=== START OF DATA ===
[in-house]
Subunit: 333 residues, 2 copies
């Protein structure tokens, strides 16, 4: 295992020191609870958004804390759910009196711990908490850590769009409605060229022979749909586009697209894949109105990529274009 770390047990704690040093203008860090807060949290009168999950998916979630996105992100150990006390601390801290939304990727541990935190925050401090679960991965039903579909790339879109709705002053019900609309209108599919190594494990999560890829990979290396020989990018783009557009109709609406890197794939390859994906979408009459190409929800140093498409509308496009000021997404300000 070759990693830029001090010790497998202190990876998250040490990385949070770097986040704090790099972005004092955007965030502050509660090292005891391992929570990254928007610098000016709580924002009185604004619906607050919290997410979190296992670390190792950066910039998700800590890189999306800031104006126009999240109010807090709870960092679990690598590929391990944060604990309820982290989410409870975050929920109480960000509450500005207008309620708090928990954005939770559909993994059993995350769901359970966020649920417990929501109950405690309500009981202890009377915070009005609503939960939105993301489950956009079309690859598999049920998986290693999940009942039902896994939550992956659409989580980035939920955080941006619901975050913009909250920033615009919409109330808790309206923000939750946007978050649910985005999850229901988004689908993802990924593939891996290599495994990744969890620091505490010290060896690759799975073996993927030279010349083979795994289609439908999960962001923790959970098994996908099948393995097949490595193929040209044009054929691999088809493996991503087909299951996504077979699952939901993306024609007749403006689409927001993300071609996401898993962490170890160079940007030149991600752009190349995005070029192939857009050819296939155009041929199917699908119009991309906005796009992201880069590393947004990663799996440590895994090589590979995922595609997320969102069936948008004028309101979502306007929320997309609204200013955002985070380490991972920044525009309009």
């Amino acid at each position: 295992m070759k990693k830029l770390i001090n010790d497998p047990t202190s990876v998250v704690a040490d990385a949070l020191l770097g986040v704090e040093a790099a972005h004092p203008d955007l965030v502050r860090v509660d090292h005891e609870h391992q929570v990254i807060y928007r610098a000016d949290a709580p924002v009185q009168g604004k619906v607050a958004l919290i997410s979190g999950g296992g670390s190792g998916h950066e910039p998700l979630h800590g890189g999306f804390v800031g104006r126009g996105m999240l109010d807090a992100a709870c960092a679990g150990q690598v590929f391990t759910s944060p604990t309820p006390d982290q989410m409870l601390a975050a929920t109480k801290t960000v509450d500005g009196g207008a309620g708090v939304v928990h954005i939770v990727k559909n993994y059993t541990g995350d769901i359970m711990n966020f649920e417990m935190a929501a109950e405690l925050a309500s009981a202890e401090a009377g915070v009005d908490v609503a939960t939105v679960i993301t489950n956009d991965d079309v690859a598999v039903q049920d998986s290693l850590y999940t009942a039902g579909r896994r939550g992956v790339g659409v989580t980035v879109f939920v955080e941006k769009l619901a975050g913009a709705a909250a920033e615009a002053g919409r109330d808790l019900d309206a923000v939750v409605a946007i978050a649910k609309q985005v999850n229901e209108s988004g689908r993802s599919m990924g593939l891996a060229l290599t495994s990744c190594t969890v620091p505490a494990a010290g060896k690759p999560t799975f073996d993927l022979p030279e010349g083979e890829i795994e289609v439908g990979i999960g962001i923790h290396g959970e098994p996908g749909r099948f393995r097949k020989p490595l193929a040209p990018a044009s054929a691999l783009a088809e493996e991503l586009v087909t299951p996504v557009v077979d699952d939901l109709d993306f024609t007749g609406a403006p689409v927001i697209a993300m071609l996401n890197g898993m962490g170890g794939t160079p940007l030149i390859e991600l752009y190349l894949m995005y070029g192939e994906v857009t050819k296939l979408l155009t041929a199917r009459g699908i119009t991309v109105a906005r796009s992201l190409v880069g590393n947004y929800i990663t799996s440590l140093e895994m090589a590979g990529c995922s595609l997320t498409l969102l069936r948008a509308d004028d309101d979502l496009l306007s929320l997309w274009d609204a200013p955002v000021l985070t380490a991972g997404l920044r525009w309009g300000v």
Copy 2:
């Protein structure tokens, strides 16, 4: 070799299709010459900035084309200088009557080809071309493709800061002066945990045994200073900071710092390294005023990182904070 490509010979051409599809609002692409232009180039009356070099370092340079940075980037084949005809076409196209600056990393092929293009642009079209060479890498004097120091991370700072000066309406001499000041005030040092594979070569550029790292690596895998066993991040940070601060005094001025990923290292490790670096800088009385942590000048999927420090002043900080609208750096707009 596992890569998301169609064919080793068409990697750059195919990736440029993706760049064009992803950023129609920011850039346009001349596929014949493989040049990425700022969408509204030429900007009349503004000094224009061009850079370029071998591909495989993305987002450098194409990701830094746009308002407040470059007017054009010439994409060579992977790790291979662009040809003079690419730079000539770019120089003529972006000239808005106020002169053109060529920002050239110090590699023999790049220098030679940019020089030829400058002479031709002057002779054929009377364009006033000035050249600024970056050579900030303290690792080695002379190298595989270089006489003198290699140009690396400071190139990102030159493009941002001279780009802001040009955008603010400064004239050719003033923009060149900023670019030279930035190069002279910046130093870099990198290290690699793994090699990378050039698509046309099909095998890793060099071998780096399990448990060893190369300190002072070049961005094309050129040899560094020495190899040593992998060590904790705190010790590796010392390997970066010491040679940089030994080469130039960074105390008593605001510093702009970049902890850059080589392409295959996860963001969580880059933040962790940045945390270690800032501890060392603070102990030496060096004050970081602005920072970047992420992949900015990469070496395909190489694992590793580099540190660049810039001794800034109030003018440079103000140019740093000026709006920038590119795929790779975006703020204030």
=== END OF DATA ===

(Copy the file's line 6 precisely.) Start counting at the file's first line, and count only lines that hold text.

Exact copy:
């Protein structure tokens, strides 16, 4: 070799299709010459900035084309200088009557080809071309493709800061002066945990045994200073900071710092390294005023990182904070 490509010979051409599809609002692409232009180039009356070099370092340079940075980037084949005809076409196209600056990393092929293009642009079209060479890498004097120091991370700072000066309406001499000041005030040092594979070569550029790292690596895998066993991040940070601060005094001025990923290292490790670096800088009385942590000048999927420090002043900080609208750096707009 596992890569998301169609064919080793068409990697750059195919990736440029993706760049064009992803950023129609920011850039346009001349596929014949493989040049990425700022969408509204030429900007009349503004000094224009061009850079370029071998591909495989993305987002450098194409990701830094746009308002407040470059007017054009010439994409060579992977790790291979662009040809003079690419730079000539770019120089003529972006000239808005106020002169053109060529920002050239110090590699023999790049220098030679940019020089030829400058002479031709002057002779054929009377364009006033000035050249600024970056050579900030303290690792080695002379190298595989270089006489003198290699140009690396400071190139990102030159493009941002001279780009802001040009955008603010400064004239050719003033923009060149900023670019030279930035190069002279910046130093870099990198290290690699793994090699990378050039698509046309099909095998890793060099071998780096399990448990060893190369300190002072070049961005094309050129040899560094020495190899040593992998060590904790705190010790590796010392390997970066010491040679940089030994080469130039960074105390008593605001510093702009970049902890850059080589392409295959996860963001969580880059933040962790940045945390270690800032501890060392603070102990030496060096004050970081602005920072970047992420992949900015990469070496395909190489694992590793580099540190660049810039001794800034109030003018440079103000140019740093000026709006920038590119795929790779975006703020204030």